Iranian American journalist Moaveni (Honeymoon in Tehran: Two Years of Love and Danger in Iran, 2009, etc.) recounts the stories of women who have joined the cause of the Islamic State group.
According to the current presidential administration, IS is a failing cause, but it remains strong in places such as Iraq and Syria, battling government forces and controlling large territories. Working with 20-odd women involved in IS and their families, the author shows them to be a diverse group with various motivations. “Many thought they were saving themselves, or saving others, from unspeakable harm,” she writes, although on the battlefront of the caliphate, the women would find themselves in grave danger themselves. One of her subjects is a young Tunisian woman whom Moaveni, who uses pseudonyms throughout, calls Nour. She, like many of her compatriots, took up wearing the niqab as an instrument of protest: “For many, being religious became a language through which to demand freedom from the state’s intrusion into daily life.” Salafism, the extremely conservative, Saudi-funded movement, is a rebuke to liberal Tunisians in a secular state; although separated by dress and other strictures, the young women who became Salafi felt “not constrained but empowered.” Just so, IS appealed to young women in secular Britain, some of whom became “true believers” and took up arms. Some died, and some, on returning (or being returned) to their homeland, became wards of the court: “Had she been a young American woman in similar circumstances, caught by American authorities,” observes Moaveni, “it’s likely she would have been prosecuted…and forced to serve a years-long prison sentence." The author adds that it is not just the children of the dispossessed, but the well educated and affluent who join the cause; regardless of their status, however, “no country wants its ISIS citizens back.”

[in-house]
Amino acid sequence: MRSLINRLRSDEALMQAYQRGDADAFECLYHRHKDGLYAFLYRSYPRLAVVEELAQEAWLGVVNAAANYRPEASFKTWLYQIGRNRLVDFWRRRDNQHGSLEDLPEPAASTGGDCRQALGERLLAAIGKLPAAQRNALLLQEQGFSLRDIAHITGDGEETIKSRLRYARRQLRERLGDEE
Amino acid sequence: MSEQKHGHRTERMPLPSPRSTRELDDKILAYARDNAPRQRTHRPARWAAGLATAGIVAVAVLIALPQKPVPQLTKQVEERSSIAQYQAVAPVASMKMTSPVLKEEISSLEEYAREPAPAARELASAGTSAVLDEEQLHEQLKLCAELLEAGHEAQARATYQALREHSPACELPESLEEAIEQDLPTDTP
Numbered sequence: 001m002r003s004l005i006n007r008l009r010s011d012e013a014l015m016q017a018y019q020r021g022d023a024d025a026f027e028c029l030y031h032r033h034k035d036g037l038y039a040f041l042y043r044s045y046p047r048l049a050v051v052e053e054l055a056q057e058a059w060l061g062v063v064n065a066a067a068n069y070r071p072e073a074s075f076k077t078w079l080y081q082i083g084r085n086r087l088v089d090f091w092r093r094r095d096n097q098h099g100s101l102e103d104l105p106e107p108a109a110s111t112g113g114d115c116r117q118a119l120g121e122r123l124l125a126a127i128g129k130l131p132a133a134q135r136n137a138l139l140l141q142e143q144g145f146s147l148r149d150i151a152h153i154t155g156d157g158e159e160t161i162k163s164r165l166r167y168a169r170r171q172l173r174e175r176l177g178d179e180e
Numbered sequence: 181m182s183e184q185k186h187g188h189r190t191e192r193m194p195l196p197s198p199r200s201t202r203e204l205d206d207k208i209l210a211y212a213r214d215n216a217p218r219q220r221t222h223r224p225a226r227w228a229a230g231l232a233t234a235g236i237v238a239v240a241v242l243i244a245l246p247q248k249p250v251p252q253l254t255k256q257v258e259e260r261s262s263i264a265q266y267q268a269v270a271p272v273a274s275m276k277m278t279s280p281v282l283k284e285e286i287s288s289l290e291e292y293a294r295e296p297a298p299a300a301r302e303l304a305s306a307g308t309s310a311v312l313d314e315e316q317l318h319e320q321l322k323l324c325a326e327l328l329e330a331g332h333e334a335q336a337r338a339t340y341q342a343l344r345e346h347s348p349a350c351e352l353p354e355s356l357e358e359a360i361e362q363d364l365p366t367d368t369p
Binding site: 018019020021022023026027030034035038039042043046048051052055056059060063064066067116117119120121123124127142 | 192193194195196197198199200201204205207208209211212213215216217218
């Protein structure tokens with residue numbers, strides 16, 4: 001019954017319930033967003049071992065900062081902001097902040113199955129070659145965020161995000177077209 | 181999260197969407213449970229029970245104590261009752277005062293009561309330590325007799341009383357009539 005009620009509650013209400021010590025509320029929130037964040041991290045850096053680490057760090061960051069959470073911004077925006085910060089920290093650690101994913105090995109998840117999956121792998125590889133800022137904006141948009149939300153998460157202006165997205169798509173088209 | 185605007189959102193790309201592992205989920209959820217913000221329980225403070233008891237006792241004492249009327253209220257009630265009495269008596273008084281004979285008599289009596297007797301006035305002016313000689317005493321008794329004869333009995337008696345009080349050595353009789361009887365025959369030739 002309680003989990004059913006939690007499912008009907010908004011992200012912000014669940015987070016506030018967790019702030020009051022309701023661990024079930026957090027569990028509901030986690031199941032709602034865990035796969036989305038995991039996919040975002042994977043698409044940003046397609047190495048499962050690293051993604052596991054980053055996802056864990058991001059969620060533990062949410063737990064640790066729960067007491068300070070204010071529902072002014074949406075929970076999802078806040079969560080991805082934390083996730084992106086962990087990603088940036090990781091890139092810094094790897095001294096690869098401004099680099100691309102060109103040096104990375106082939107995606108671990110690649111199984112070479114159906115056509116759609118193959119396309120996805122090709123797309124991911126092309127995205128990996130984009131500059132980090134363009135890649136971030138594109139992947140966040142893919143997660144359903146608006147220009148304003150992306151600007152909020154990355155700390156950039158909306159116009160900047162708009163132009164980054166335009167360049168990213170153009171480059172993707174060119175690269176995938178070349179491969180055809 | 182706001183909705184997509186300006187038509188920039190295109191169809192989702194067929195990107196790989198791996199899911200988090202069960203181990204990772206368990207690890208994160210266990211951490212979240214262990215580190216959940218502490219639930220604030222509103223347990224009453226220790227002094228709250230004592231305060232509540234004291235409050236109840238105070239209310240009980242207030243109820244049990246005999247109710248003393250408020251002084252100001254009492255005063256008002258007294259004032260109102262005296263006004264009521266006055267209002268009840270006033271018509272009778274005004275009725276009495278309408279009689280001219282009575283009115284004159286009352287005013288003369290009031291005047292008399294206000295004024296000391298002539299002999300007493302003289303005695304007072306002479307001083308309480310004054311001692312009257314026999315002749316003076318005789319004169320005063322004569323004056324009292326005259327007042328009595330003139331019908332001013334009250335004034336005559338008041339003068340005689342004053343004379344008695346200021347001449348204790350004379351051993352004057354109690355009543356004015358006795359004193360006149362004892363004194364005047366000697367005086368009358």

Writing sympathetically but not uncritically, Moaveni helps readers understand why these women join IS.